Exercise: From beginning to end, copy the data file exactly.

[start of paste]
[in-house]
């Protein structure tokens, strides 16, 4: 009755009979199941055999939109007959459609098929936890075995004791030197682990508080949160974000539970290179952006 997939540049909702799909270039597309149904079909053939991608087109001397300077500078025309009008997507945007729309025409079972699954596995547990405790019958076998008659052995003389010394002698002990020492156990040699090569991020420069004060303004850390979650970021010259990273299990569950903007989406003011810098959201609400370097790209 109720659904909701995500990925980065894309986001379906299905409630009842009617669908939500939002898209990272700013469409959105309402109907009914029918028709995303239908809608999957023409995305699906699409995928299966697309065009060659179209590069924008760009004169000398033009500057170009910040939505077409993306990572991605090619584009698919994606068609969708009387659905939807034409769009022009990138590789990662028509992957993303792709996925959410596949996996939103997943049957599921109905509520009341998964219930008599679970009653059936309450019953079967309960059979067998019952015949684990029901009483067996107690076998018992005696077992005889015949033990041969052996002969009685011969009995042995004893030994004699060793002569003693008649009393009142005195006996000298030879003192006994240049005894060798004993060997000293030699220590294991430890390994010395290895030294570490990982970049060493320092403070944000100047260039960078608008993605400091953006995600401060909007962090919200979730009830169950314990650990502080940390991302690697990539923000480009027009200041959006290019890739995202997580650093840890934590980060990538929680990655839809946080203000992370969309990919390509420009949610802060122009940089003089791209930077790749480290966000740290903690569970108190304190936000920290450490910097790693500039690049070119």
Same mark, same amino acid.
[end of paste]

[in-house]
């Protein structure tokens, strides 16, 4: 009755009979199941055999939109007959459609098929936890075995004791030197682990508080949160974000539970290179952006 997939540049909702799909270039597309149904079909053939991608087109001397300077500078025309009008997507945007729309025409079972699954596995547990405790019958076998008659052995003389010394002698002990020492156990040699090569991020420069004060303004850390979650970021010259990273299990569950903007989406003011810098959201609400370097790209 109720659904909701995500990925980065894309986001379906299905409630009842009617669908939500939002898209990272700013469409959105309402109907009914029918028709995303239908809608999957023409995305699906699409995928299966697309065009060659179209590069924008760009004169000398033009500057170009910040939505077409993306990572991605090619584009698919994606068609969708009387659905939807034409769009022009990138590789990662028509992957993303792709996925959410596949996996939103997943049957599921109905509520009341998964219930008599679970009653059936309450019953079967309960059979067998019952015949684990029901009483067996107690076998018992005696077992005889015949033990041969052996002969009685011969009995042995004893030994004699060793002569003693008649009393009142005195006996000298030879003192006994240049005894060798004993060997000293030699220590294991430890390994010395290895030294570490990982970049060493320092403070944000100047260039960078608008993605400091953006995600401060909007962090919200979730009830169950314990650990502080940390991302690697990539923000480009027009200041959006290019890739995202997580650093840890934590980060990538929680990655839809946080203000992370969309990919390509420009949610802060122009940089003089791209930077790749480290966000740290903690569970108190304190936000920290450490910097790693500039690049070119």
Same mark, same amino acid.